My name is Simeon Featherstone and I grew up in the east end of London. I use the medium of ceramics to tell different stories about people and their surrounding environment. I met the Studio 3 Arts team a couple of years ago and we hatched a plan to create a project that would document and archive the changes happening in Barking before it’s too late. I now live in south-east London and commute into Gascoigne every week or so to run activities for the Open Estate. This makes me aware that I’m part of the many changes happening and I tread this fine line very considerately. I make the most of the people around me who are passionate about the area and who will continue to support Gascoigne long after the project has finished.
There are lots of ways that artists choose to work in the public realm. There are some who seek provocation through their actions. Directly intervening in the systems that hold our society together. They introduce ideas and themes by confronting audiences with objects of potency[i]. Others choose to respond to their environments in more organic ways, gently adapting to their surroundings through programmes of cultural exchange between artist and users of the space[ii]. However we choose to confront our subject matter, artists are always reinterpreting what we see and hear. We sometimes obscure and distort the answers to questions we alone have asked. We look to create a new truth, a set of meanings and values that help us to understand our relationship with the world and discover what the other side may look like.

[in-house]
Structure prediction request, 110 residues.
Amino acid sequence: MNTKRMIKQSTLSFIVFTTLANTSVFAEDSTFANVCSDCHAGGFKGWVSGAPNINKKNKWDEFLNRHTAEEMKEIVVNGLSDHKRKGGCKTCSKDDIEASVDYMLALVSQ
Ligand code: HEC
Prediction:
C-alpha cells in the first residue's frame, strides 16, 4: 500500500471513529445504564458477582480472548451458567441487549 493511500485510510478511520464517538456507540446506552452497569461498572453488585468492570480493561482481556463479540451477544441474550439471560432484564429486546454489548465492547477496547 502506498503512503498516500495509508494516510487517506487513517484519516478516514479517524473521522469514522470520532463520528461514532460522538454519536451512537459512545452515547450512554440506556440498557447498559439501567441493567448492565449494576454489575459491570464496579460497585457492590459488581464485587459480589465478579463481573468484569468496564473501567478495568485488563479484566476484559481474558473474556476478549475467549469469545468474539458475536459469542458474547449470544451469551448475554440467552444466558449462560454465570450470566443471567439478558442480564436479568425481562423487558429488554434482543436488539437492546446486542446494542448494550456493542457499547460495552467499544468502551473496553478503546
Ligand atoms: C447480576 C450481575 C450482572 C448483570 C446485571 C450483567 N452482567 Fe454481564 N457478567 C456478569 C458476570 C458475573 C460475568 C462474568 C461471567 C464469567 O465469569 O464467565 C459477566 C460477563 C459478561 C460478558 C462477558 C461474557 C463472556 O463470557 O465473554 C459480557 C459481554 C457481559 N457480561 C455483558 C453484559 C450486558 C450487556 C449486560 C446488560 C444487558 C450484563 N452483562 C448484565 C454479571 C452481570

Working on the Open Estate is about revealing the multiple channels of reality and finding genuine forms of social authenticity. There are the media stories and local statistics that chart the estate’s history, but there are also hidden layers of meaning that are being buried alongside the rubble of this regenerated pocket of high-density living in East London. The quiz nights in the community centre filled with cigarette smoke, the scrawl of friendship written into the bedroom walls. This project is about framing these layers of meaning through participation. It is a form of community dialogue that encourages collective authorship. But like us artists, communities can also play hard and fast with authenticity and the accuracy of memories. But by encouraging a multitude of opinions, does this diminish the role of the artist in the public realm? Perhaps a little. But to be part of a community is to have a democratic voice. It is about freedom of speech, freedom to choose and freedom from a system that doesn’t always support your way of life.